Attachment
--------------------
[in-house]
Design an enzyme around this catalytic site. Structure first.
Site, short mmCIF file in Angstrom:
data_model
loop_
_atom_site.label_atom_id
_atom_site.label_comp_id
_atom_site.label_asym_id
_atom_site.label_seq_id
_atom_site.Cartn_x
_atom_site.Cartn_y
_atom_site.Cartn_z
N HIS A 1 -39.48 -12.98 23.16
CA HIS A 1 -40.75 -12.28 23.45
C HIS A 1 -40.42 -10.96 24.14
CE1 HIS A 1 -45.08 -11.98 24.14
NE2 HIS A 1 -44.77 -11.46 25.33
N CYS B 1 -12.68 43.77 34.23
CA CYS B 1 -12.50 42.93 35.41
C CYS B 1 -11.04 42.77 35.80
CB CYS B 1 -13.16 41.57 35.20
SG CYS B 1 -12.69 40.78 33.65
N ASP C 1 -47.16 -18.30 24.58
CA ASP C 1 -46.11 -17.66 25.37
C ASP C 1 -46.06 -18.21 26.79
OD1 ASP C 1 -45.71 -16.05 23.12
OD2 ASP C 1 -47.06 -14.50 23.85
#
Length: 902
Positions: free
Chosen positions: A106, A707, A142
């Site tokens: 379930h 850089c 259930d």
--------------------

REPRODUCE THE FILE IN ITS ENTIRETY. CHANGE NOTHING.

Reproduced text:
[in-house]
Design an enzyme around this catalytic site. Structure first.
Site, short mmCIF file in Angstrom:
data_model
loop_
_atom_site.label_atom_id
_atom_site.label_comp_id
_atom_site.label_asym_id
_atom_site.label_seq_id
_atom_site.Cartn_x
_atom_site.Cartn_y
_atom_site.Cartn_z
N HIS A 1 -39.48 -12.98 23.16
CA HIS A 1 -40.75 -12.28 23.45
C HIS A 1 -40.42 -10.96 24.14
CE1 HIS A 1 -45.08 -11.98 24.14
NE2 HIS A 1 -44.77 -11.46 25.33
N CYS B 1 -12.68 43.77 34.23
CA CYS B 1 -12.50 42.93 35.41
C CYS B 1 -11.04 42.77 35.80
CB CYS B 1 -13.16 41.57 35.20
SG CYS B 1 -12.69 40.78 33.65
N ASP C 1 -47.16 -18.30 24.58
CA ASP C 1 -46.11 -17.66 25.37
C ASP C 1 -46.06 -18.21 26.79
OD1 ASP C 1 -45.71 -16.05 23.12
OD2 ASP C 1 -47.06 -14.50 23.85
#
Length: 902
Positions: free
Chosen positions: A106, A707, A142
């Site tokens: 379930h 850089c 259930d």